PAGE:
15. Congratulations! Your story is very inspiring. I’ve been paleo for over two years now, but I’m starting to have similar menstrual issues to the ones you had. Subconsciously, I think of paleo as being a panacea, but I suppose it still can’t solve all our problems.
    It’s so wonderful that you’re going into medicine, too. I would feel so much more confident in my doctor if he or she were paleo, or at least understood the lifestyle.

    Natalia wrote on January 17th, 2014
  16. Janelle,
    Congrats on your Primal journey and your medical career. I have been Primal for 4 years and at age 53 have never felt better. My yearly labs one month ago showed a HS CRP of 0.00! I can attribute this to only one thing-my Primal lifestyle. As you probably have learned in Med School, inflammation is now felt to be at the root of many diseases from DM, HTN, CAD, CA not to mention general well being. I am also a physician but am an Orthopedist/Sports Medicine physician . I am very selective but passionate when I introduce patients to the Primal lifestyle. Successes stories are the norm! As a PCP you will be in a unique position to influence/educate patients on REAL health. As I’m sure you learned already, BS articles in the mass media (recent US News and World Report article on Paleo diet) are what patients see. Your job is to educate patients on sound science and let them know that the science-illiterates in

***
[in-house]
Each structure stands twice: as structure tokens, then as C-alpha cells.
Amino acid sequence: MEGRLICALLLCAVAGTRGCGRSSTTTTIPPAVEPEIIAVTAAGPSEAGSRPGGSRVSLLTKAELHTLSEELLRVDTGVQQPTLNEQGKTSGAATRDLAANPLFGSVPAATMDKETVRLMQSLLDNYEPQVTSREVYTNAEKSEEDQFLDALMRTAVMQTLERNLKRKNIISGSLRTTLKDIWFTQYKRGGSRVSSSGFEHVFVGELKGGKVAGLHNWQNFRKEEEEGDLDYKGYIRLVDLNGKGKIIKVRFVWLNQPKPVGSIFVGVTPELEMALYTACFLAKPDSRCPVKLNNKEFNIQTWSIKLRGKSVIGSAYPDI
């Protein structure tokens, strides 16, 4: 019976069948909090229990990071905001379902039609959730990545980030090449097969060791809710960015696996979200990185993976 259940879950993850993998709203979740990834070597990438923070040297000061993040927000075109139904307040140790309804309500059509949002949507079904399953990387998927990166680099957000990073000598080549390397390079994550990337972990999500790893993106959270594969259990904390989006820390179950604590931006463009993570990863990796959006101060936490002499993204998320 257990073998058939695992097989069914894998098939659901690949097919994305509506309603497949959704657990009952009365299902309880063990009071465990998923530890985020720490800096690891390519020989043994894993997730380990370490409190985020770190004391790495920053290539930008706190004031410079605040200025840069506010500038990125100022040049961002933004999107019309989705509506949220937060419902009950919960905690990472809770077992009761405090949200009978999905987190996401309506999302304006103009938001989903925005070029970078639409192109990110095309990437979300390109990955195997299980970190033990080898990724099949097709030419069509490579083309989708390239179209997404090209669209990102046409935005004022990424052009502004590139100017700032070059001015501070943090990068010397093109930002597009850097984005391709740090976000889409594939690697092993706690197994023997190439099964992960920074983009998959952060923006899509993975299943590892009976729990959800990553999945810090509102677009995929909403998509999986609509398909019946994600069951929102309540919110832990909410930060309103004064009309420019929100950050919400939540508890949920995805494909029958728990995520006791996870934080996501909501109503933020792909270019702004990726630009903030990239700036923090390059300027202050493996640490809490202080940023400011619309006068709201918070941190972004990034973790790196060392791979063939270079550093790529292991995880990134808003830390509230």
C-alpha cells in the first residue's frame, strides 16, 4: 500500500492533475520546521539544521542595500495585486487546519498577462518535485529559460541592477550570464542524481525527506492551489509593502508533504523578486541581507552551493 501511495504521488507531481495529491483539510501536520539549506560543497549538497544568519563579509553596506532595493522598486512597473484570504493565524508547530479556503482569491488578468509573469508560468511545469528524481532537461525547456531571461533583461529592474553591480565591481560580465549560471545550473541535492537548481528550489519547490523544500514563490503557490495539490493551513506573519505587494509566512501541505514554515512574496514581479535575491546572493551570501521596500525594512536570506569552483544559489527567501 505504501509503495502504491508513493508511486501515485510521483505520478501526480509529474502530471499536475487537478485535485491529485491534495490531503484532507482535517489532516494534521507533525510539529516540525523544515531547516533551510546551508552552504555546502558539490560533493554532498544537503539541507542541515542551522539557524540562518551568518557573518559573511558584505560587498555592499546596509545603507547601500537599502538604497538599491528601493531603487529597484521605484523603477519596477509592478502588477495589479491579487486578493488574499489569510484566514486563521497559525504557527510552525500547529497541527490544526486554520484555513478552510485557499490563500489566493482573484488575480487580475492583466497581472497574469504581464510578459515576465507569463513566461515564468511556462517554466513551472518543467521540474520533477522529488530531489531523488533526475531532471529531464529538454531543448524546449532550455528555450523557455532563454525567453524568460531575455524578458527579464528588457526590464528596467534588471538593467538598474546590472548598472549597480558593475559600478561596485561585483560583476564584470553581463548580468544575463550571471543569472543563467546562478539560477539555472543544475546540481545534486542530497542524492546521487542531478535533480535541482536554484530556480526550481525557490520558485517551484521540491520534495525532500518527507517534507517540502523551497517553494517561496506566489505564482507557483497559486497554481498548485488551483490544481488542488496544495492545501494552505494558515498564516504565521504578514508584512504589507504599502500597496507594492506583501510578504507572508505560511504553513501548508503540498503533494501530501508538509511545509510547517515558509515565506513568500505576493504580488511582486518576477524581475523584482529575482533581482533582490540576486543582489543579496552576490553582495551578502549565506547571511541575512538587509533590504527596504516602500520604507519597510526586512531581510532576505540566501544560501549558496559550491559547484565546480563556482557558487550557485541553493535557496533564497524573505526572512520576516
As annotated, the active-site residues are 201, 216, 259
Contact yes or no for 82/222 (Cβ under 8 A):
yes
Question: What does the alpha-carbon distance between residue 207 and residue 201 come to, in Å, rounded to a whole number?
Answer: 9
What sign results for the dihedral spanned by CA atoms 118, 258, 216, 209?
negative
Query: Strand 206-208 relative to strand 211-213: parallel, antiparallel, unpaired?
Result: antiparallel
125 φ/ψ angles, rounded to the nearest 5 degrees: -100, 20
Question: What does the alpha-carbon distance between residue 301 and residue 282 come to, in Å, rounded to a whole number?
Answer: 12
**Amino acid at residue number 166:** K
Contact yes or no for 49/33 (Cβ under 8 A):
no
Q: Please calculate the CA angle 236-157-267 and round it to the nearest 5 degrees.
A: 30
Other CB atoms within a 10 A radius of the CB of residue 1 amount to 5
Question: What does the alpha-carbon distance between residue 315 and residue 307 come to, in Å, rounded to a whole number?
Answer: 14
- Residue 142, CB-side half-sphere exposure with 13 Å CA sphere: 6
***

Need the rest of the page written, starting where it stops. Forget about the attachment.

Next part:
the media and Washington DC are (to put it kindly) morons. Grok On!

    Rick Weidenbener wrote on January 17th, 2014